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While the dog flu initially only affected dogs, the University of Wisconsin’s School of Veterinary Medicine reported in 2016that cats are also susceptible when a group of felines in a Northwest Indiana shelter tested positive for the virus.
Dog Flu Symptoms
Almost all dogs and cats are susceptible to the canine influenza virus and infection. The American Veterinary Medical Association (AVMA) notes nearly all pets exposed to the dog flu will become infected, and about 80% will develop clinical signs of the disease. If your dog or cat is experiencing any of the symptoms below, it is imperative to get them veterinary care as soon as possible.
Since canine influenza acts similarly to other respiratory issues (i.e. kennel cough), your vet can run a test to see if your pet is positive for dog flu, as well as detect which strain of the virus is present.
The Spread of Canine Influenza
Dog flu is spread through droplets of respiratory secretions from coughing, barking or sneezing. It can also be transmitted by objects the infected animal came in contact with, as well as people that have been in contact with infected pets. The virus can remain on surfaces for up to 48 hours, on clothing for 24 hours and on hands for 12 hours. It’s important to note, 20% of dogs may not show signs of the illness, but are still able to spread the disease.
Isolation of any pets with symptoms or those that have tested positive is crucial, and the AVMA recommends 4 weeks of isolation to prevent transmission. All objects and surfaces the infected pet came in contact with should be properly disinfected, and any person in contact with the animal should wash their hands and clothing to avoid spreading to other dogs or cats.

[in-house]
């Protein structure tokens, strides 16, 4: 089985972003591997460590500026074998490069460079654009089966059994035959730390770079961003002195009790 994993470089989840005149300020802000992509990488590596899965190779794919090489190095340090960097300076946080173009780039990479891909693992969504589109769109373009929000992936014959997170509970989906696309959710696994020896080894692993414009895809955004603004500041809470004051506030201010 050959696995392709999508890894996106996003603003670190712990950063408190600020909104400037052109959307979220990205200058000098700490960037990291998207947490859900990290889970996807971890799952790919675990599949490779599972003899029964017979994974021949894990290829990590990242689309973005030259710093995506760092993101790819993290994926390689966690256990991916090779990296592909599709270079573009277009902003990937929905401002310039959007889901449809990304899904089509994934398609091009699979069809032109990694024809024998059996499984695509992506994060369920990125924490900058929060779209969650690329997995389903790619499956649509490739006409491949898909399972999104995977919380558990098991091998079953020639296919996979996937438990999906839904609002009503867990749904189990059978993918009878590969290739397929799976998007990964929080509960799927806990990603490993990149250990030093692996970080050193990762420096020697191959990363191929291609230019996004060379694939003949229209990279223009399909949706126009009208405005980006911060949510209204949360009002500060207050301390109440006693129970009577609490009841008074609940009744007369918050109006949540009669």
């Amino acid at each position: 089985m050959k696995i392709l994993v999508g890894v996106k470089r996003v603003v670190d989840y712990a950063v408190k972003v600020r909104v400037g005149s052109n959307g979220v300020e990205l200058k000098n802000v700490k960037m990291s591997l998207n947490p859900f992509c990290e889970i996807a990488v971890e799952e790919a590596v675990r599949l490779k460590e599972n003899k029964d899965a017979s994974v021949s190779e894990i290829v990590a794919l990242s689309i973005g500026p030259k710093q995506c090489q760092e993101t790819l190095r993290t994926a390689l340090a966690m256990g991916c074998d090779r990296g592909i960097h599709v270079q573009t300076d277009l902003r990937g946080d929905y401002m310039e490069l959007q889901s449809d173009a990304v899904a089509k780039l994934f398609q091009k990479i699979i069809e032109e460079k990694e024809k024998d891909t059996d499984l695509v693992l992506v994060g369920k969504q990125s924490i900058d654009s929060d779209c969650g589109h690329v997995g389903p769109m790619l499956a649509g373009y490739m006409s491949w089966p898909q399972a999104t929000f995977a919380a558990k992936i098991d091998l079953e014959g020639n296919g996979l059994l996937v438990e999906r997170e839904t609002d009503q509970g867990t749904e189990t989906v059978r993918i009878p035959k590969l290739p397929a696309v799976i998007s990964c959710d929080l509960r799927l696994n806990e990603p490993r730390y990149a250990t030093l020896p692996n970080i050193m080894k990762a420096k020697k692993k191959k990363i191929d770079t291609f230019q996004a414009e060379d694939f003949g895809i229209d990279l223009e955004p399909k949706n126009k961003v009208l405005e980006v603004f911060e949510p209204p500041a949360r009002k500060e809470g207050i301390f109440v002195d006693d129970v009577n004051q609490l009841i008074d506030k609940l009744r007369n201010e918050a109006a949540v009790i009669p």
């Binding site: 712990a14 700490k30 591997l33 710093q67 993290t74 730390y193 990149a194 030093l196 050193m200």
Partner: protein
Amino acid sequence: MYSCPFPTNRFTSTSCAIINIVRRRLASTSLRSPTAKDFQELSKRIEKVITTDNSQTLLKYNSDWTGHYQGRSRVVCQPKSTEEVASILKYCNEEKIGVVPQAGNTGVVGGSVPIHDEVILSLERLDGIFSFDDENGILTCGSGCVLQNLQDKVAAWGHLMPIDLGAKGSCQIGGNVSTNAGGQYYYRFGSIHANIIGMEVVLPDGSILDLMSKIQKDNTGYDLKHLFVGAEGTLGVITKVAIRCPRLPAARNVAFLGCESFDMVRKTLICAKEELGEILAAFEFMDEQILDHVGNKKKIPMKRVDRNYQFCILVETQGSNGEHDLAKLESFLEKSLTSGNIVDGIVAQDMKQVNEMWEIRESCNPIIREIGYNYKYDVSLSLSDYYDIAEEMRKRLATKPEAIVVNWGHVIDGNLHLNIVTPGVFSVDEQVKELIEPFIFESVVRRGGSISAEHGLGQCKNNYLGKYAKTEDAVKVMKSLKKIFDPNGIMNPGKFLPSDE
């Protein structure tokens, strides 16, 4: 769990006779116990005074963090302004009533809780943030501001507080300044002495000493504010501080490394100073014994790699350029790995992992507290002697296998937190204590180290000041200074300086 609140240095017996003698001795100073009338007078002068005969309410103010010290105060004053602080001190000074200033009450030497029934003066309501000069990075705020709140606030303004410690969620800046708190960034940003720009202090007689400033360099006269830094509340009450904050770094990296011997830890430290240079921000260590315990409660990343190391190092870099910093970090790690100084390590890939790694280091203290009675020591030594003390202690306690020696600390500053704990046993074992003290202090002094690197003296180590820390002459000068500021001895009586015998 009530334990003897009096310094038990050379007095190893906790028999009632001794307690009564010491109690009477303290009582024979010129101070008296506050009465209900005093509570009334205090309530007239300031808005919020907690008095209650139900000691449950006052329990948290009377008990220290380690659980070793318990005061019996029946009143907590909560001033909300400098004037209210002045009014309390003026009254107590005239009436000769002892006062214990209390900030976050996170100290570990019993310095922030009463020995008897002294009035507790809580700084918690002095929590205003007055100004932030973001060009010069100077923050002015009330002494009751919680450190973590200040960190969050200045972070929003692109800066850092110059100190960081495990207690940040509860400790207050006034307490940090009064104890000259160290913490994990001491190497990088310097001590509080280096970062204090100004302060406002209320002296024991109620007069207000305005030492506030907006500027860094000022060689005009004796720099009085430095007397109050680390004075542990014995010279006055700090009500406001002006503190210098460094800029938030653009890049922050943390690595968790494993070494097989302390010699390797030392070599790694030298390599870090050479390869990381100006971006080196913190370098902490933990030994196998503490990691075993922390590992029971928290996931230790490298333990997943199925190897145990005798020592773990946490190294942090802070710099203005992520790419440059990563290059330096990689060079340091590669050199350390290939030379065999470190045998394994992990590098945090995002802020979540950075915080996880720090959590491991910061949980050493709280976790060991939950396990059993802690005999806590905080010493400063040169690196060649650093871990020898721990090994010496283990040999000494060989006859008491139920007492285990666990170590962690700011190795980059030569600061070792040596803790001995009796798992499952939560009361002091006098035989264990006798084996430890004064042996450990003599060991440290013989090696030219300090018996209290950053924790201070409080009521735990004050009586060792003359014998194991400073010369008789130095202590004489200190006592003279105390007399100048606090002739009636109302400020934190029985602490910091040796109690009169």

Places With Increased Risk of Dog Flu Infection:
Common Objects that Indirectly Spread Canine Influenza:
The incubation period (the time between exposure and when symptoms first present) is between 1 to 5 days, with most cases showing signs 2 to 8 days following exposure, depending on which dog flu strain is present.
What Is The Treatment for Dog Flu?
Treatment for canine influenza is mainly supportive and trying to prevent secondary infections from occurring. Maintaining a nutritious diet and getting plenty of rest and fluids will allow many pets suffering to bounce back without issue. Most animals recover in 2 to 3 weeks.
Based on claims received from PetFirst Pet Insurance policyholders, the average veterinary cost for the treatment and diagnosis of dog flu is $645.52.
To prevent transmission to other animals, infected dogs and cats should be isolated for 4 weeks from other household animals, as well as from attending doggie day care, dog parks, the kennel or the groomer.
Secondary bacterial infections can occur, as well as pneumonia and dehydration.
How To Prevent Your Dog From Getting The Dog Flu
There are vaccines available for both the H3N8 and H3N2 strain of canine influenza, and your veterinarian can provide you with information regarding vaccinating your pet. . The vaccines have been proven to reduce the severity of illness, as well as reduce the duration of symptoms and illness. The average cost of the dog flu vaccine, according to claims data from PetFirst policyholders, is $34.76.
For more information on the dog flu vaccine created by Merck Animal Health, click here.